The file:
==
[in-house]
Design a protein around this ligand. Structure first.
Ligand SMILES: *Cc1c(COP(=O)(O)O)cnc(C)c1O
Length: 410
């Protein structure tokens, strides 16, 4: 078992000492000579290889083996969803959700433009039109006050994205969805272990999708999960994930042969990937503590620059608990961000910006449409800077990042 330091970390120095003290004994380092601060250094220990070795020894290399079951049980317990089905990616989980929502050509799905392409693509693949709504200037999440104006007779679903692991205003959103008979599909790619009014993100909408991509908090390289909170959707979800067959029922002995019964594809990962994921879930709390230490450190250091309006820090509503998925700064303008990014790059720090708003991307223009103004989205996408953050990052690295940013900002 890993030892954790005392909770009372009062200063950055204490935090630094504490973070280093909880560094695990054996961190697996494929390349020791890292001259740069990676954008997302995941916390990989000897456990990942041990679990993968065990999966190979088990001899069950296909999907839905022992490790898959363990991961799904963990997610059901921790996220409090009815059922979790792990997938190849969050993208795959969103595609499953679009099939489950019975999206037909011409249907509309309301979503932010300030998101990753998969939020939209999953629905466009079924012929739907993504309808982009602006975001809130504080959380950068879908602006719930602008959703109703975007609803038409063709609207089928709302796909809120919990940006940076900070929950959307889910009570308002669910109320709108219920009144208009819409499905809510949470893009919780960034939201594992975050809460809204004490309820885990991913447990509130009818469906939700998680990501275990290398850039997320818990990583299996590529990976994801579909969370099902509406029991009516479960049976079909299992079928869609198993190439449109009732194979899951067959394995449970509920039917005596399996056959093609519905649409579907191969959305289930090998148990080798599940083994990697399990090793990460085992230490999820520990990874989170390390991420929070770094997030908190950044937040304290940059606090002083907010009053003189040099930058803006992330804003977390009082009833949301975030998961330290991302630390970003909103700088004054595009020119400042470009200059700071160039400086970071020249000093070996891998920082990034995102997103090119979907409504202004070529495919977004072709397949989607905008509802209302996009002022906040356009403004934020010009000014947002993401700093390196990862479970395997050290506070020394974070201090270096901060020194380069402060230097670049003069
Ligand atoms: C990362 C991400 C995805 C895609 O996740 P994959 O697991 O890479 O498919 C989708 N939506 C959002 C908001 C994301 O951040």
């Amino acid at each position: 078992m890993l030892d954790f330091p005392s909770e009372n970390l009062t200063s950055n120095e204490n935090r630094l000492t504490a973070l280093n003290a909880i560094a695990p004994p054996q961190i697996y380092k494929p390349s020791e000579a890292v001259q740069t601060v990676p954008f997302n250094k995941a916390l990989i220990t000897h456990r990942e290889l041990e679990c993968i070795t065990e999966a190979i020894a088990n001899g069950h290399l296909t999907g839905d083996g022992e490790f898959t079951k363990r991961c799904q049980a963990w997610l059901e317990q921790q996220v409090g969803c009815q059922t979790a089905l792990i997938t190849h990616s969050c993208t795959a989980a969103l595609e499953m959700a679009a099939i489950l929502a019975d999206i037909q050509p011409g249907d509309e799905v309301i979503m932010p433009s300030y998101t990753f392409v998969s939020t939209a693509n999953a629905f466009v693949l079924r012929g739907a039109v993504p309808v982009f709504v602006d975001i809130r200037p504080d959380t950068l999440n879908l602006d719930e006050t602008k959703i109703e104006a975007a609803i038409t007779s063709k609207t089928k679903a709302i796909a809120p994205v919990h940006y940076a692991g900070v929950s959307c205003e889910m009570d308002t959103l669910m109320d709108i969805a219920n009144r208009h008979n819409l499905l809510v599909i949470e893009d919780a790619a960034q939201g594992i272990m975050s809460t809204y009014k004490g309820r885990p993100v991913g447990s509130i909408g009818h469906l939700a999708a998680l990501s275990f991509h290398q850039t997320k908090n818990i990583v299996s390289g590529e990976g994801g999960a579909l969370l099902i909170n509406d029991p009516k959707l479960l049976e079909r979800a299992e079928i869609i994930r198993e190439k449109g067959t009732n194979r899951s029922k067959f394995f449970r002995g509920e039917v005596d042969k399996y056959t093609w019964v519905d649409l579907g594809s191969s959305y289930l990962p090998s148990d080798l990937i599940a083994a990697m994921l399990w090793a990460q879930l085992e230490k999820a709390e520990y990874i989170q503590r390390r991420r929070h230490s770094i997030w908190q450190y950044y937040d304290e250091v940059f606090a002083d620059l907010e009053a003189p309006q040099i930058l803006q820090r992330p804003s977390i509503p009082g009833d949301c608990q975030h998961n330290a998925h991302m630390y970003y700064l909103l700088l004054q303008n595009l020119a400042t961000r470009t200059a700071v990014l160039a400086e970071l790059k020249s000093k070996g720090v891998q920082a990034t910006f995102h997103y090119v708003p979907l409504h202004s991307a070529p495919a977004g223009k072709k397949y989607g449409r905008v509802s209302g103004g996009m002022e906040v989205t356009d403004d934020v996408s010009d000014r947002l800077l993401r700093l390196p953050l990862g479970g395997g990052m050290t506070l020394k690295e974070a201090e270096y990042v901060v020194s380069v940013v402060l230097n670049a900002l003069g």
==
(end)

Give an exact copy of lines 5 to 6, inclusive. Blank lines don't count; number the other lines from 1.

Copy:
């Protein structure tokens, strides 16, 4: 078992000492000579290889083996969803959700433009039109006050994205969805272990999708999960994930042969990937503590620059608990961000910006449409800077990042 330091970390120095003290004994380092601060250094220990070795020894290399079951049980317990089905990616989980929502050509799905392409693509693949709504200037999440104006007779679903692991205003959103008979599909790619009014993100909408991509908090390289909170959707979800067959029922002995019964594809990962994921879930709390230490450190250091309006820090509503998925700064303008990014790059720090708003991307223009103004989205996408953050990052690295940013900002 890993030892954790005392909770009372009062200063950055204490935090630094504490973070280093909880560094695990054996961190697996494929390349020791890292001259740069990676954008997302995941916390990989000897456990990942041990679990993968065990999966190979088990001899069950296909999907839905022992490790898959363990991961799904963990997610059901921790996220409090009815059922979790792990997938190849969050993208795959969103595609499953679009099939489950019975999206037909011409249907509309309301979503932010300030998101990753998969939020939209999953629905466009079924012929739907993504309808982009602006975001809130504080959380950068879908602006719930602008959703109703975007609803038409063709609207089928709302796909809120919990940006940076900070929950959307889910009570308002669910109320709108219920009144208009819409499905809510949470893009919780960034939201594992975050809460809204004490309820885990991913447990509130009818469906939700998680990501275990290398850039997320818990990583299996590529990976994801579909969370099902509406029991009516479960049976079909299992079928869609198993190439449109009732194979899951067959394995449970509920039917005596399996056959093609519905649409579907191969959305289930090998148990080798599940083994990697399990090793990460085992230490999820520990990874989170390390991420929070770094997030908190950044937040304290940059606090002083907010009053003189040099930058803006992330804003977390009082009833949301975030998961330290991302630390970003909103700088004054595009020119400042470009200059700071160039400086970071020249000093070996891998920082990034995102997103090119979907409504202004070529495919977004072709397949989607905008509802209302996009002022906040356009403004934020010009000014947002993401700093390196990862479970395997050290506070020394974070201090270096901060020194380069402060230097670049003069
Ligand atoms: C990362 C991400 C995805 C895609 O996740 P994959 O697991 O890479 O498919 C989708 N939506 C959002 C908001 C994301 O951040």